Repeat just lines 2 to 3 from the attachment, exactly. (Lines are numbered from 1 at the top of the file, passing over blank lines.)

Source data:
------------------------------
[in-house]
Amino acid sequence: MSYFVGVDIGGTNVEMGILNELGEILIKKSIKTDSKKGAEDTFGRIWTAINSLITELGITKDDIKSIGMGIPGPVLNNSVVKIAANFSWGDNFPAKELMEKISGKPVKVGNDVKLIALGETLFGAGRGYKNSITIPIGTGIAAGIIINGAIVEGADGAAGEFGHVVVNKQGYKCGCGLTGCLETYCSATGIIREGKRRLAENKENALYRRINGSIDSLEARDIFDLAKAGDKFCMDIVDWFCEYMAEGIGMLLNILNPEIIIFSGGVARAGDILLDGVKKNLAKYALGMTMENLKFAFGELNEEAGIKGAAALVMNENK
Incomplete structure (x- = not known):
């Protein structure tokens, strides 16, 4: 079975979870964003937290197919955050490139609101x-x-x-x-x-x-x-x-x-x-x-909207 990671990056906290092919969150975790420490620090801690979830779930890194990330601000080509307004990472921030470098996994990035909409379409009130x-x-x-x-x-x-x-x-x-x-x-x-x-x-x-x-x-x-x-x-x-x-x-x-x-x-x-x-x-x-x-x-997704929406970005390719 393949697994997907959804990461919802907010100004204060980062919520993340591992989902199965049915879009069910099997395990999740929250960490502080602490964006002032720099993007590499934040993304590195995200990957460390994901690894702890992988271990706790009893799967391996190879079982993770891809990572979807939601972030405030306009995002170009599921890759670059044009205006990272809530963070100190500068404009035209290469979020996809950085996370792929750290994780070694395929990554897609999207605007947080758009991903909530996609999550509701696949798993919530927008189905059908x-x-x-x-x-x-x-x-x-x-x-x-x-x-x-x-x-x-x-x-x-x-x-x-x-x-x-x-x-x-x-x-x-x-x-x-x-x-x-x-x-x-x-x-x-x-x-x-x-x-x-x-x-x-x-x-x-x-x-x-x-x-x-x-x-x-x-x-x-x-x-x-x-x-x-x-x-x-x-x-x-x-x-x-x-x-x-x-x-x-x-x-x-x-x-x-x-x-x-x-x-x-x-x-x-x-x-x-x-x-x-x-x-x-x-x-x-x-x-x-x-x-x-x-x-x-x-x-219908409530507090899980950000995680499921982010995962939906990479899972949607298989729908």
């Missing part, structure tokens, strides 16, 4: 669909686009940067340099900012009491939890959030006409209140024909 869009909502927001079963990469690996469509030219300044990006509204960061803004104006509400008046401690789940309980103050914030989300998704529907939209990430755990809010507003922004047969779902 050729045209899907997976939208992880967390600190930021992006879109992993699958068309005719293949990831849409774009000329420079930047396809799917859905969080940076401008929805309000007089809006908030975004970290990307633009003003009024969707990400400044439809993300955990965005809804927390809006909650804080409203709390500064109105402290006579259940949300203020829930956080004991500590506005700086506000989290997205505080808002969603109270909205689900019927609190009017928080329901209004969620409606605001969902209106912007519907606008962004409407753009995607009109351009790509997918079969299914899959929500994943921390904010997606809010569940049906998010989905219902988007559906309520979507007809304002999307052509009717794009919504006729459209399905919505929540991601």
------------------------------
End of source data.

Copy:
Amino acid sequence: MSYFVGVDIGGTNVEMGILNELGEILIKKSIKTDSKKGAEDTFGRIWTAINSLITELGITKDDIKSIGMGIPGPVLNNSVVKIAANFSWGDNFPAKELMEKISGKPVKVGNDVKLIALGETLFGAGRGYKNSITIPIGTGIAAGIIINGAIVEGADGAAGEFGHVVVNKQGYKCGCGLTGCLETYCSATGIIREGKRRLAENKENALYRRINGSIDSLEARDIFDLAKAGDKFCMDIVDWFCEYMAEGIGMLLNILNPEIIIFSGGVARAGDILLDGVKKNLAKYALGMTMENLKFAFGELNEEAGIKGAAALVMNENK
Incomplete structure (x- = not known):